Anush Babajanyan: Closed Armenian-Turkish border urges me to take action for dialogue

Published on 20/12/2014 under Haberler

Anush Babajanyan

Meltem Naz Kaşo
Today’s Zaman Sunday’s

Anush Babajanyan, a 31-year-old Armenian photojournalist whose work focuses on cross-cultural relations between Armenia and Turkey, met with me to explain what motivates her work and why she endures in doing it despite criticism.

Three minutes before our scheduled appointment, I see Anush on the other side of Abovyan Street. Her trademark look — beige boots, light olive green winter jacket and skinny jeans — makes her easily identifiable. I remove my headphones to silence the Turkish rhythm that is emanating from them, raise my hand and shout, “Barev, Anush jan!”

Apart from being a part-time project coordinator at the Hrant Dink Foundation, a nongovernmental organization based in İstanbul founded in the memory of assassinated Turkish-Armenian journalist Hrant Dink, Babajanyan is a prominent and promising figure in modern Armenian photography. One of her focuses is on cross-cultural projects between Armenia and Turkey.

We enter into the Chinese-style teahouse, pass the counters and take a seat. “Je veux” from Zaz is playing in the background. I order ginger tea. Anush goes for an Earl Gray. Our location has been chosen for convenience — Anush only has an hour, so we dive straight into her story.

Anush was 23 when she started photojournalism. Back then, she was a student of journalism and mass communications at the American University in Bulgaria and took classes on the subject. Six years ago, Anush took part in the “Merhabarev” project — a joint collaboration between Armenian and Turkish photographers to build a bridge of understanding between these two divided nations — organized by her deceased mentor Ruben Mangasaryan. In 2011, Anush applied to the Hrant Dink Foundation for the “Beyond Waiting” Multimedia for Dialogue project, again to contribute to dialogue between Armenia and Turkey and experiment with new forms of storytelling. Currently, she is documenting the lives of two female labor migrants from Armenia who are domestic workers in Turkey. In her words, this project is about these migrants’ work, their dreams and aims to help us understand why exactly they left their families in Armenia to live and work alone in Turkey.

“Do you face any discrimination from your people because of your work?” I ask before sipping my tea. Many say that until recently, the word “Turk” was often used in Armenia to mean a hostile enemy. Conducting cross-cultural work with Turks, by definition, might still not be welcome among Armenians.

Anush’s face creases into a mixed look, both puzzled and defensive. She says no, never. Only after repeating the same question five times, using different words, do I receive an answer, “Now that you mention it, I remember that I faced some discrimination for working on cross-cultural projects between Armenia and Turkey.” Anush laughs, “In general, I don’t really remember bad stuff.”
She admits that before the Yerevan exhibition for the “Beyond Waiting” project, she had an interview with CivilNet, an advocacy news and journalism agency from Armenia. Her video was posted on YouTube and it received harsh comments, causing it to be removed by CivilNet.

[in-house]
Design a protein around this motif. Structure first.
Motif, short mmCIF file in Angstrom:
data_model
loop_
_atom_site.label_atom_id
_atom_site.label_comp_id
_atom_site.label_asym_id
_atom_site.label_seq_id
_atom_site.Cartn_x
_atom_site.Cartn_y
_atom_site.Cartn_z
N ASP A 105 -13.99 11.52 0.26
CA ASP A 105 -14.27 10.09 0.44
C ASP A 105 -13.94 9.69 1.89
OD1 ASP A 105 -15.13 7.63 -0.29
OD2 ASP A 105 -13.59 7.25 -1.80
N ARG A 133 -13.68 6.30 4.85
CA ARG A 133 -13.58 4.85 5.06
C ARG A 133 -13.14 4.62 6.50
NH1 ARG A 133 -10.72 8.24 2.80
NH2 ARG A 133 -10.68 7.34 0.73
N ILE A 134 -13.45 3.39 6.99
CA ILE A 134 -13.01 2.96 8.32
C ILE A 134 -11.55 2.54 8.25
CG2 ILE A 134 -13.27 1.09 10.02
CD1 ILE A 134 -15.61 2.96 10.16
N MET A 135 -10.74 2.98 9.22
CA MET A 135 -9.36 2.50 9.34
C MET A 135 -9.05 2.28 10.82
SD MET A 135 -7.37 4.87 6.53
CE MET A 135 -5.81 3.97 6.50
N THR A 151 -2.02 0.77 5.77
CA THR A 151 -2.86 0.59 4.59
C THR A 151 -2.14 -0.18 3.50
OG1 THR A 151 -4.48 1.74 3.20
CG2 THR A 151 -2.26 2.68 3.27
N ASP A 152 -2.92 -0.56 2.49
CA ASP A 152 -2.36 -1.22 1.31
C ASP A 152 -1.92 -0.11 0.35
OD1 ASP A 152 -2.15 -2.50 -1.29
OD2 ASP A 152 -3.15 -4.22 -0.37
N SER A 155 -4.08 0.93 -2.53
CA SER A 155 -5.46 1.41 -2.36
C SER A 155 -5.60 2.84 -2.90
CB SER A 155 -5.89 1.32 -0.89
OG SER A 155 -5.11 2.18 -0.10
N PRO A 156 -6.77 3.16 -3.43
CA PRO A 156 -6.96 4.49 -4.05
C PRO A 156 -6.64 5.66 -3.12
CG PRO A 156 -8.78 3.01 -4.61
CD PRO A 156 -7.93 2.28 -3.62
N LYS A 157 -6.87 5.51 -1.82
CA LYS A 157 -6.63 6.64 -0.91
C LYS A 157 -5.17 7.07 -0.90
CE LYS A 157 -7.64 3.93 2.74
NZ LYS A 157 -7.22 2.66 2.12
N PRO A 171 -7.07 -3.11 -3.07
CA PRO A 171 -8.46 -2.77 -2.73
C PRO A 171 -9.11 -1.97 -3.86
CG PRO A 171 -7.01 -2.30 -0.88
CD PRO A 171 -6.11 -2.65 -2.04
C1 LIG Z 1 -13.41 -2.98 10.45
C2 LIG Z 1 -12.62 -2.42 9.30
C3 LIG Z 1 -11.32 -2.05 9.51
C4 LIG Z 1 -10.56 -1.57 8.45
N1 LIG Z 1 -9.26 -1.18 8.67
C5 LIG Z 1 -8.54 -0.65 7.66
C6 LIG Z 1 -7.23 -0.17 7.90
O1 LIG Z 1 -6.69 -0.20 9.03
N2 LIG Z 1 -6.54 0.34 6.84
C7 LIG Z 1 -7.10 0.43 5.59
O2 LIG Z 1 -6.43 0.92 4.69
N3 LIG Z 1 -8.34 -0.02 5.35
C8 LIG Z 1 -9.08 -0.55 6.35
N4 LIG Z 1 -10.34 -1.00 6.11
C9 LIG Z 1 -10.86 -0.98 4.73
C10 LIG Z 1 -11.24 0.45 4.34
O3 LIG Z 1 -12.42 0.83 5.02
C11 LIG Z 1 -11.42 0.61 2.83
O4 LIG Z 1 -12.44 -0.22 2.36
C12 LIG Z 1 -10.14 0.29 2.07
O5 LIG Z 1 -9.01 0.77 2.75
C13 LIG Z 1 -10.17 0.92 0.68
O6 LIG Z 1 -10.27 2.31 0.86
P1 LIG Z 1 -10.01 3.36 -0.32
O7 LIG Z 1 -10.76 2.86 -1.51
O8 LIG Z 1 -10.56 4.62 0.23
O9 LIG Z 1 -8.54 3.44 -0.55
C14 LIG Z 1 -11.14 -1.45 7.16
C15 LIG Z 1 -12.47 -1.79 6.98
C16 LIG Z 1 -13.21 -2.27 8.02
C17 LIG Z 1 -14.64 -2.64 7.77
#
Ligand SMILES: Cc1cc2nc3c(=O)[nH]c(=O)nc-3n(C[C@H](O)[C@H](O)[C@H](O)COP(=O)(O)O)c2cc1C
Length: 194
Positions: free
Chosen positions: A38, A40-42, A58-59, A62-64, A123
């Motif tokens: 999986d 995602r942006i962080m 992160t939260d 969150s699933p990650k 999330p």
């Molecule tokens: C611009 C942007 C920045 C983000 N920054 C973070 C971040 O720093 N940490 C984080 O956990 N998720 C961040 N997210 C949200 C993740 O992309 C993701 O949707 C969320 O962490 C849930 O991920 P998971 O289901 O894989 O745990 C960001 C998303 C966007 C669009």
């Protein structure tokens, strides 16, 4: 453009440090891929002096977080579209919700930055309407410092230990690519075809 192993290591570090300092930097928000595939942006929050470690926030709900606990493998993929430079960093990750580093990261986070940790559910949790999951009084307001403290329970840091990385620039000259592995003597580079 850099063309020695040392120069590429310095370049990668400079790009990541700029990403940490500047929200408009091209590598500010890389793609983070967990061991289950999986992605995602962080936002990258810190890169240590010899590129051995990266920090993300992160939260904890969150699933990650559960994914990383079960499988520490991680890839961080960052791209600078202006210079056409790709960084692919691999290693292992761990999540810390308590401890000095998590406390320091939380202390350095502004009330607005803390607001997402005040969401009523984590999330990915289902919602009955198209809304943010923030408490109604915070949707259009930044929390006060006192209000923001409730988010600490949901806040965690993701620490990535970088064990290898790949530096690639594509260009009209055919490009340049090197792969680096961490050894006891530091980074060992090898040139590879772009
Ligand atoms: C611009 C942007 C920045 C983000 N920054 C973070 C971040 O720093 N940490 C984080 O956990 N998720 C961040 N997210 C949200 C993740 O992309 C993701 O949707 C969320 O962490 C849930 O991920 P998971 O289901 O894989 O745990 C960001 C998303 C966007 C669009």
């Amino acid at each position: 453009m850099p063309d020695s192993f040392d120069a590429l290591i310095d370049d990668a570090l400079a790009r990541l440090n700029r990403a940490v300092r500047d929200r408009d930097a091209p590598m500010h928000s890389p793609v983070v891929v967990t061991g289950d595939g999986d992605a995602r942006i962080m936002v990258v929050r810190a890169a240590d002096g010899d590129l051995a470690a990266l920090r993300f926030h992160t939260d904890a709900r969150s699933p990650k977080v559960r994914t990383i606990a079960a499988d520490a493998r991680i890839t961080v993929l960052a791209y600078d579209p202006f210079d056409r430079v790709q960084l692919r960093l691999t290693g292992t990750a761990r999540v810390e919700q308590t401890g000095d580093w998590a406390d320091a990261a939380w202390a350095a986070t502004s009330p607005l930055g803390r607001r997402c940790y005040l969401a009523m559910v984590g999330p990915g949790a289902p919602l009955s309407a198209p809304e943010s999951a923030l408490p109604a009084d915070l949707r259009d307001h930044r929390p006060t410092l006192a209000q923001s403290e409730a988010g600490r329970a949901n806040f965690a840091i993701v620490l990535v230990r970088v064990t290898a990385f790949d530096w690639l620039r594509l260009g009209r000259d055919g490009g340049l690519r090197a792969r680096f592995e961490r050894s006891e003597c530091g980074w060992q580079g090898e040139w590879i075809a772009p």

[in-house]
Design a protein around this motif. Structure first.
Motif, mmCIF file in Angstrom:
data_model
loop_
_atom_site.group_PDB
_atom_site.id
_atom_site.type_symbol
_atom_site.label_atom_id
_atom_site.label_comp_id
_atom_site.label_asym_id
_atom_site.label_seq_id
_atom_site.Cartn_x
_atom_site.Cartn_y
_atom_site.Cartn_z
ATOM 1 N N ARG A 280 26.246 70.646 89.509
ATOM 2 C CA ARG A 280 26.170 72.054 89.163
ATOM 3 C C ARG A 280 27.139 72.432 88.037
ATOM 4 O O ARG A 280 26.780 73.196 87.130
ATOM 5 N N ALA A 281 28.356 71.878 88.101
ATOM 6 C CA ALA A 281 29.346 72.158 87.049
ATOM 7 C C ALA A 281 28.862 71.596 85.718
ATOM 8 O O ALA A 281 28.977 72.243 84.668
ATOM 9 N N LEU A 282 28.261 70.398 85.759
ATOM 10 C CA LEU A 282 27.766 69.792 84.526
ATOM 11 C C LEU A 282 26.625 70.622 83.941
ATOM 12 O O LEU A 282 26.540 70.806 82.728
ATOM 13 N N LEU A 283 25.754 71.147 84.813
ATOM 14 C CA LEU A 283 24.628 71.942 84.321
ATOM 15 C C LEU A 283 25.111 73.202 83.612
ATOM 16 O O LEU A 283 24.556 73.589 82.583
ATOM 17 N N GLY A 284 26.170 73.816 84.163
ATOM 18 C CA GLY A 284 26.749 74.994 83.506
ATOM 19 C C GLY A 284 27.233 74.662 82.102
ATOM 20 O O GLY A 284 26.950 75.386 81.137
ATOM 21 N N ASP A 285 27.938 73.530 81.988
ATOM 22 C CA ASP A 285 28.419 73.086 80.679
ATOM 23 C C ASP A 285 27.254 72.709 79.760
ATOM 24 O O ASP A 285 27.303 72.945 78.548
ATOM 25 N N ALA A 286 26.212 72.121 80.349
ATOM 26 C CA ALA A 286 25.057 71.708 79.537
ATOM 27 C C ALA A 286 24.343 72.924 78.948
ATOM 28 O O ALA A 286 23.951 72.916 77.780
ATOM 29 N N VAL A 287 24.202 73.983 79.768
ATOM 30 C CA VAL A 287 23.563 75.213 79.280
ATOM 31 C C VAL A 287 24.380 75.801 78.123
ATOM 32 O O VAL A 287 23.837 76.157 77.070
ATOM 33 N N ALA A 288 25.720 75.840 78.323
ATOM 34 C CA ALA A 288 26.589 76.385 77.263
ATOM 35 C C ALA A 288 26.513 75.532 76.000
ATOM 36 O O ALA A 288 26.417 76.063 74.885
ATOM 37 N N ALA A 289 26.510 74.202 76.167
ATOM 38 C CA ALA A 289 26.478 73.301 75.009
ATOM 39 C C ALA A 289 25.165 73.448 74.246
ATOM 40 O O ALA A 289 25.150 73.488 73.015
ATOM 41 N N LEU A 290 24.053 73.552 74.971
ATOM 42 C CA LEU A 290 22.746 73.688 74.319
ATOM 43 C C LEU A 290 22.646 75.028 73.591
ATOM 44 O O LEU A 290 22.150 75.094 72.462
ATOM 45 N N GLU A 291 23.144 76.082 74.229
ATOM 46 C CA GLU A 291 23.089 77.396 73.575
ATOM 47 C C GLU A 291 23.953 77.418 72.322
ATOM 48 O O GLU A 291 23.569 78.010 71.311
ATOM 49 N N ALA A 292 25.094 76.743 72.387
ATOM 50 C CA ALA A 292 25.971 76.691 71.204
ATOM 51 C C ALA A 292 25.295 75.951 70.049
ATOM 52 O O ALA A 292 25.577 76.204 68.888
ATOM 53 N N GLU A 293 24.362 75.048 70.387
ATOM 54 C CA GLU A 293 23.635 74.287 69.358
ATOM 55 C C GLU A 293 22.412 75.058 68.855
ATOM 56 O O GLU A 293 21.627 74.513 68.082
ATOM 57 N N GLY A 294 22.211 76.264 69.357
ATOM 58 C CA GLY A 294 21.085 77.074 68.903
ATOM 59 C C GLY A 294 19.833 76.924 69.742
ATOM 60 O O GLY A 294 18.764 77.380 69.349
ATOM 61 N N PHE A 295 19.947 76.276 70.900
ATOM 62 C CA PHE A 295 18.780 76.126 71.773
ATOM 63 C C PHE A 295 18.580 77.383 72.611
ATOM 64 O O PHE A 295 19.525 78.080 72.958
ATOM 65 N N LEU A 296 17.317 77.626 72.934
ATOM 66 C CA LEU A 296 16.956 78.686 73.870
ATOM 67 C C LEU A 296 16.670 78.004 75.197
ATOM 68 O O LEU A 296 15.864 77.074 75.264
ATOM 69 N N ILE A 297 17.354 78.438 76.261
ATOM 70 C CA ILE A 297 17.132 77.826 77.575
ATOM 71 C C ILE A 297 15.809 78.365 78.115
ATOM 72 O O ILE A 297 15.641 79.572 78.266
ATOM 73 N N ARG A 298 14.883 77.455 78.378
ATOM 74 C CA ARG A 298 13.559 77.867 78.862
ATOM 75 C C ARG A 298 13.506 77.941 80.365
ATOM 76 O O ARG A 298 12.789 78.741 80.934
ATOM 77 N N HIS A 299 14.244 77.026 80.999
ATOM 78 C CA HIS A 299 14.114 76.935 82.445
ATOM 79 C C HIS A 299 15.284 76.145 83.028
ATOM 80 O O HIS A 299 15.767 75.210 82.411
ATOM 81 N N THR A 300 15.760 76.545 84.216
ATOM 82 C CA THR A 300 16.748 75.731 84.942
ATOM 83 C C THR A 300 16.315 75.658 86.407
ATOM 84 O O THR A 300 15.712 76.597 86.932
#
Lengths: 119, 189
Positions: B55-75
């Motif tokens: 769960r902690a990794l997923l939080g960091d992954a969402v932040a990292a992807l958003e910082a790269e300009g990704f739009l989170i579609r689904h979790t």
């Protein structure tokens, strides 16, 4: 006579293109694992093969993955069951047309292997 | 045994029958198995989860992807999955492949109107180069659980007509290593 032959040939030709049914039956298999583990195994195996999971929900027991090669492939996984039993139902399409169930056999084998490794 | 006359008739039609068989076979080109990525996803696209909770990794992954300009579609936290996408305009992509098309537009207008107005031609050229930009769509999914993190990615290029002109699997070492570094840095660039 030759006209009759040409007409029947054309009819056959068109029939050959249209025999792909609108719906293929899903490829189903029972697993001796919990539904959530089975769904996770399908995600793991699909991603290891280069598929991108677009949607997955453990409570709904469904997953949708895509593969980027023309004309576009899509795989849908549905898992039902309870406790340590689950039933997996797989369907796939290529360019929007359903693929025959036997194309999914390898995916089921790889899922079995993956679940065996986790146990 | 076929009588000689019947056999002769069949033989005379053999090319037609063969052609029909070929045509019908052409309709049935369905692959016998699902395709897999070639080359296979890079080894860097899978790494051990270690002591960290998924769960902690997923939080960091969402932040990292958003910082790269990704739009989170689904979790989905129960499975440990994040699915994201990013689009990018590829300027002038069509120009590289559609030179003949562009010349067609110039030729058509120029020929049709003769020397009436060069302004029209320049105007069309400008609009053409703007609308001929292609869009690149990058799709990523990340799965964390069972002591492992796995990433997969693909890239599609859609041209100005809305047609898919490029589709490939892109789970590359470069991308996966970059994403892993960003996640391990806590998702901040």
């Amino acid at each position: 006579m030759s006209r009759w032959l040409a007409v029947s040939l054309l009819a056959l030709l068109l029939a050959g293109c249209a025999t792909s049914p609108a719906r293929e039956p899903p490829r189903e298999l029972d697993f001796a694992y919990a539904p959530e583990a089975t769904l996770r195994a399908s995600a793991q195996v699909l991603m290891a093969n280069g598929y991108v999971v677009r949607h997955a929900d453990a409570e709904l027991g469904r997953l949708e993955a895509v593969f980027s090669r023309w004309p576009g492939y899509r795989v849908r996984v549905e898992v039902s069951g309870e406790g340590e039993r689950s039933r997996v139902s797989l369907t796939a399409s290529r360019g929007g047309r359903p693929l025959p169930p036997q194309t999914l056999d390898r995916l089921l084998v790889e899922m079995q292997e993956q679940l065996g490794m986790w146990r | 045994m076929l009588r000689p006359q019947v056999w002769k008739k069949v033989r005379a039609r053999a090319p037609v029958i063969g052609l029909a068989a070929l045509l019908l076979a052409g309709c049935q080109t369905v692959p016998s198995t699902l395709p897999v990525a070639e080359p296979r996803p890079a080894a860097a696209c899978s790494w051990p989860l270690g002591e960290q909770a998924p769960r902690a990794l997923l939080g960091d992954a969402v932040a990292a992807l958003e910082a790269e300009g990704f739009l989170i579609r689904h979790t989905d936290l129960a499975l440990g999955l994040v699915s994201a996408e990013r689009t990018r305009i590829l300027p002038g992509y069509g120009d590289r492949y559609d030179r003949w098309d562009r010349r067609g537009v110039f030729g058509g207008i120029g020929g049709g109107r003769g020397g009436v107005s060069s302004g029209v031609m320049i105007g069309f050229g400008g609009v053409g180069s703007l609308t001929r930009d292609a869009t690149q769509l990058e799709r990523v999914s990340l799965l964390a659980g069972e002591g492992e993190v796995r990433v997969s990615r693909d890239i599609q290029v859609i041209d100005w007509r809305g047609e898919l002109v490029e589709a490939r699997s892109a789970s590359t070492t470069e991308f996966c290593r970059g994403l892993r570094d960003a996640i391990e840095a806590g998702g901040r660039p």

“And how do you explain that?” I inquire.

“Well, let me tell you,” Anush says, pressing her fingers into the sugar cubes that came with our Chinese teapots. “Because Armenia and Turkey are in conflict, the borders are closed and the genocide has not been recognized, many Armenians would be against running any projects together with people from Turkey.”

It strikes me that she speaks calmly about what remains an irresolvable national conflict that surrounds her work. Anush explains to me, like a loving father teaching his child how to fish, that dialogue and conflict resolution take time. “One day, the border will open. People from both sides will get to know each other. When you are far, when the border is closed and there is no communication, Armenians think that every single person in Turkey is in denial about the [genocide] issue. But this is changing! People from both sides are taking steps towards learning about each other.”

She is of the opinion that Armenians shouldn’t blindly demand the recognition of the genocide, either. “Armenians should also learn about the variety of people living in Turkey and understand that there are just so many different people — there are those who totally understand, others who don’t recognize.”

Looking into Anush’s large almond-shaped green eyes, I ask if the Armenian-Turkish conflict is something that inspires her work or hinders it. Before giving her answer, she clarifies that she is more of a journalist than an artist, although she accepts that the line between the two is blurry.

“I try to feel my characters’ stories. I don’t simply make my pieces informative, but rather informative of my subjects’ feelings, their mood and their perception of life.”

We ask for the bill; our time is up. As we put on our winter jackets, she makes one last comment:

“But of course, there is a lot of pain that lasted for a long time. It urges me to take action towards dialogue and conflict resolution between Armenia and Turkey.”

Anush Babajanyan: